Apple Acquires SMI
"Apple buys smaller technology companies from time to time, and we generally do not discuss our purpose or plans." So goes the oft-repeated boilerplate response out of Cupertino, CA as the tech giant assimilates smaller technology firms. Their latest acquisition has major implications for our industry however.
Apple has purchased SensoMotoric Instruments, better known as SMI, which has been working on ultrafast eye-tracking technology. Macrumors broke the news with a detailed breakdown of the evidence (Apple tries to shield its acquisitions from public view by using shell companies).
High performance eye tracking is crucial to making extremely high resolution head mounted displays a reality. Your eyes paint a 200-degree field of view picture of the world by flicking about rapidly in saccades. At any given moment they can only make out a high resolution image in a 2-degree field of vision called the fovea centralis. Therefore, in theory a sufficiently sophisticated system would allow the computer to render only a tiny percentage of the scene on each frame. This is known as foveated rendering.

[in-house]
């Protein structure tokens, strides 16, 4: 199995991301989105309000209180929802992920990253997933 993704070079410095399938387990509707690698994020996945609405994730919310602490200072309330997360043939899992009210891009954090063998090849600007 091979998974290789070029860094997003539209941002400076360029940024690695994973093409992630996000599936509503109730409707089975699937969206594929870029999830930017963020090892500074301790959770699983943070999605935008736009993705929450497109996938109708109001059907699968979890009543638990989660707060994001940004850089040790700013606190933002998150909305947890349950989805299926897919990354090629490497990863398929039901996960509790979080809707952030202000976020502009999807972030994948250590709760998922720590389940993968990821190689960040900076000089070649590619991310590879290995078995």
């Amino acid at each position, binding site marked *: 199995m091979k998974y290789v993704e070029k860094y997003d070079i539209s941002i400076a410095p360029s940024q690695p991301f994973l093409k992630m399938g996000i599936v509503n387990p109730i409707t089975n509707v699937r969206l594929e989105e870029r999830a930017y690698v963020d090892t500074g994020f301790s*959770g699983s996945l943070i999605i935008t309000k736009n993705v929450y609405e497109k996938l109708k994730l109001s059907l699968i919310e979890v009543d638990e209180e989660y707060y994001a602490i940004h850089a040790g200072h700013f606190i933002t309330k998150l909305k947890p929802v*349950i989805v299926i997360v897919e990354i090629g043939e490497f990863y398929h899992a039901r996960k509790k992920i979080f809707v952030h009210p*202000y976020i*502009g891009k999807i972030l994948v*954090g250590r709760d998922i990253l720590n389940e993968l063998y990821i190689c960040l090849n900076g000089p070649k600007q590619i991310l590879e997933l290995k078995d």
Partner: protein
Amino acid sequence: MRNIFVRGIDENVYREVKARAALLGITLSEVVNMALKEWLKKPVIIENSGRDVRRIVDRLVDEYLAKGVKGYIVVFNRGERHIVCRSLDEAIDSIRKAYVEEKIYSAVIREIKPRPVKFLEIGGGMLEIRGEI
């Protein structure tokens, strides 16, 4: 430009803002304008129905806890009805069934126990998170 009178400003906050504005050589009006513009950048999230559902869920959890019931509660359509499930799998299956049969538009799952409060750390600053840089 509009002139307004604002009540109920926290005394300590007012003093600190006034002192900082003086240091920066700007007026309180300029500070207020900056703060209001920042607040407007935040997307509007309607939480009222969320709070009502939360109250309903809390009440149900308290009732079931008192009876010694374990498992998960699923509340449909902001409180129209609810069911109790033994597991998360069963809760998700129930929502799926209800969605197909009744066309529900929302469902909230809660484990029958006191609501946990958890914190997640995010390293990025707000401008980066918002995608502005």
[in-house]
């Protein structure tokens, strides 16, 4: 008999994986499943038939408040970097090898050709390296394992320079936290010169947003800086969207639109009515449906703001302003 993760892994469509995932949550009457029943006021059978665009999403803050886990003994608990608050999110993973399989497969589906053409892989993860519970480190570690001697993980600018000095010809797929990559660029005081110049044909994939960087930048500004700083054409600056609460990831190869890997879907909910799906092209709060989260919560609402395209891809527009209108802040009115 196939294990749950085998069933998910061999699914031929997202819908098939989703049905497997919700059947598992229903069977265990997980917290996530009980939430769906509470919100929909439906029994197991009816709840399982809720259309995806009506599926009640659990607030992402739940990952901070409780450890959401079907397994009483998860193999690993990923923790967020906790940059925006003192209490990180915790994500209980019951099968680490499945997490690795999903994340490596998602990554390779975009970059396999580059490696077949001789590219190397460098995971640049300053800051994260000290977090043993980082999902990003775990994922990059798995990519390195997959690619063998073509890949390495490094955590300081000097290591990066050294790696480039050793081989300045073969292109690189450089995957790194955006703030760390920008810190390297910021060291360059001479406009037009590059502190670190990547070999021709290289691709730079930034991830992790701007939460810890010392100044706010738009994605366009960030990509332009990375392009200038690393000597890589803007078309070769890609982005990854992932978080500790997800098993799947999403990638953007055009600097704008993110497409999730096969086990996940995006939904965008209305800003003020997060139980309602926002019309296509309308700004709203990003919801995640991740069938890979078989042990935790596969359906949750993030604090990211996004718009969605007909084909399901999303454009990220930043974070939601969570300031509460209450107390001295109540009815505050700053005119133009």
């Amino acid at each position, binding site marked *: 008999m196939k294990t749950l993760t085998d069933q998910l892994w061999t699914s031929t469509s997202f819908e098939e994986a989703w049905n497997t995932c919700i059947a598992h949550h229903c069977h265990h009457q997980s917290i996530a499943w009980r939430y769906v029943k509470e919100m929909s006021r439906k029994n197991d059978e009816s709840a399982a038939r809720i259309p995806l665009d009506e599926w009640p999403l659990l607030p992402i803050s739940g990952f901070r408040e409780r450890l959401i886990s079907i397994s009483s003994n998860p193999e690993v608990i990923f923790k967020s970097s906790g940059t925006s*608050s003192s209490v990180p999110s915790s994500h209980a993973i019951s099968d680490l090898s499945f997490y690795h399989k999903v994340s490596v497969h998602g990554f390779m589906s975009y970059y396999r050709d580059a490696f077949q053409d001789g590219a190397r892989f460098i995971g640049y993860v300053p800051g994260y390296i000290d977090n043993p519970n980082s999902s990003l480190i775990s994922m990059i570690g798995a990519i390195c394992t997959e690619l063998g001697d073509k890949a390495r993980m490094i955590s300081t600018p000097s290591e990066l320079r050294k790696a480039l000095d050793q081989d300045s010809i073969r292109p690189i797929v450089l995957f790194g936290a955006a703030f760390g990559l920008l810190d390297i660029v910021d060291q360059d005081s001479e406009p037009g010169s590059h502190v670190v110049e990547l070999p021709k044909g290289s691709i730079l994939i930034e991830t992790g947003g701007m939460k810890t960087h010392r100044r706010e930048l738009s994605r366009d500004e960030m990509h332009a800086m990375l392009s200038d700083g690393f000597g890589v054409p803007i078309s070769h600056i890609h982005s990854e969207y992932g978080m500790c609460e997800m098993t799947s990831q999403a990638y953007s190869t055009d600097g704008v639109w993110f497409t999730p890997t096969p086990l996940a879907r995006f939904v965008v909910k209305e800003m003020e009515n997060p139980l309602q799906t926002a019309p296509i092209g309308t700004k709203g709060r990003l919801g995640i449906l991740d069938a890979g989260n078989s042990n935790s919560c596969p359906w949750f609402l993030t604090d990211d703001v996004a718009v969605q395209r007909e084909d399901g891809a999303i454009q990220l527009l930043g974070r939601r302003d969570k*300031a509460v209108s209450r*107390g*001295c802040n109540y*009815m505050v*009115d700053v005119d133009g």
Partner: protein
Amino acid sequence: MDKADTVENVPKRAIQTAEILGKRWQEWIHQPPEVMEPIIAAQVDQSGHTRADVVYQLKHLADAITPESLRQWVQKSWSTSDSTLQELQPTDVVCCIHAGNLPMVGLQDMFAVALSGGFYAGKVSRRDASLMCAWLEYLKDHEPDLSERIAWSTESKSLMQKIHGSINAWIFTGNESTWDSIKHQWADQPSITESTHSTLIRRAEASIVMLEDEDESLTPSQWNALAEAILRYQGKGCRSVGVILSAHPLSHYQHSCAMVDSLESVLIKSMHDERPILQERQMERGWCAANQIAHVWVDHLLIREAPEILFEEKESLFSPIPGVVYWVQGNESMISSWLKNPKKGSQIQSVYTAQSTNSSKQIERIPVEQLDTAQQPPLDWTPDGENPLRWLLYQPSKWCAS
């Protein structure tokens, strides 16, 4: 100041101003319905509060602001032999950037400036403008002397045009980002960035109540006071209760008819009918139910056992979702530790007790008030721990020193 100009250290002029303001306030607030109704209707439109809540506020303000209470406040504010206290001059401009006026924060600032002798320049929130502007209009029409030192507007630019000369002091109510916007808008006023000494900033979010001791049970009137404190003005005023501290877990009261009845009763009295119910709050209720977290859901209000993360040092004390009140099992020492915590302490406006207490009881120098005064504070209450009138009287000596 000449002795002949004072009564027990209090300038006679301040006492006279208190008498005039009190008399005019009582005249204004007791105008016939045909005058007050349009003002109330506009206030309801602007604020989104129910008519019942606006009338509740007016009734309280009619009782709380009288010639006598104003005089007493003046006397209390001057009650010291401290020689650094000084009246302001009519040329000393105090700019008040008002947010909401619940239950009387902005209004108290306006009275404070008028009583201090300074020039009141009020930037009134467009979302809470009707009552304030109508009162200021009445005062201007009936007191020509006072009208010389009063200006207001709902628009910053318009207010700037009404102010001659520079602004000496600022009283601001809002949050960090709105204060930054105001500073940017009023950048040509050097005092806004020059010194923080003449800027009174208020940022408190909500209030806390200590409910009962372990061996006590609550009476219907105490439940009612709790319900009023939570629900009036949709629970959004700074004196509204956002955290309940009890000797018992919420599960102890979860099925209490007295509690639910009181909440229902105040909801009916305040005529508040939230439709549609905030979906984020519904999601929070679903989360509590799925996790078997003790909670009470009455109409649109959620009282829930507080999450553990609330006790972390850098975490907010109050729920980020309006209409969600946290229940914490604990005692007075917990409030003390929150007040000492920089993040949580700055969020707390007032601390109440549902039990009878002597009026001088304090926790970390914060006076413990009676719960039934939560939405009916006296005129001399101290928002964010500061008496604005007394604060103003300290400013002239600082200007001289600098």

SMI announced back in March that it was working with Valve to integrate eye tracking into Valve’s OpenVR API. In January 2016 it demonstrated a working foveated rendering demo with sensors built into a modified DK2. It has also been providing hardware to other companies interested in using eye tracking in Gear VR or DK2 devices for special purposes. One such purpose was covered by The Voices of VR podcast this week. SyncThink is an application that uses a Gear VR to automatically diagnose a concussion within 60 seconds.
Those initiatives will likely be eliminated as Apple moves to integrate SMI’s technology into their own VR/AR initiative. It is the strongest evidence yet that Apple is working on a head-mounted display and not just “windowed AR” like that which is launching on ARKit-compatible devices this fall.
SteamVR Knuckles Now in the Hands of Developers
Valve has started providing developers with prototypes of its new “knuckles” controller design, which is strapped to the hand so that it does not need to be gripped. It also features capacitive sensors for hand presence, similar to Oculus Touch, but with even more sensors so that all five fingers are tracked. Here is a video capture of the accompanying tech demo.
Cloudhead Games is one of the recipients and posted a screenshot of how the controllers appear in SteamVR and a video of the knuckles working in Climbey.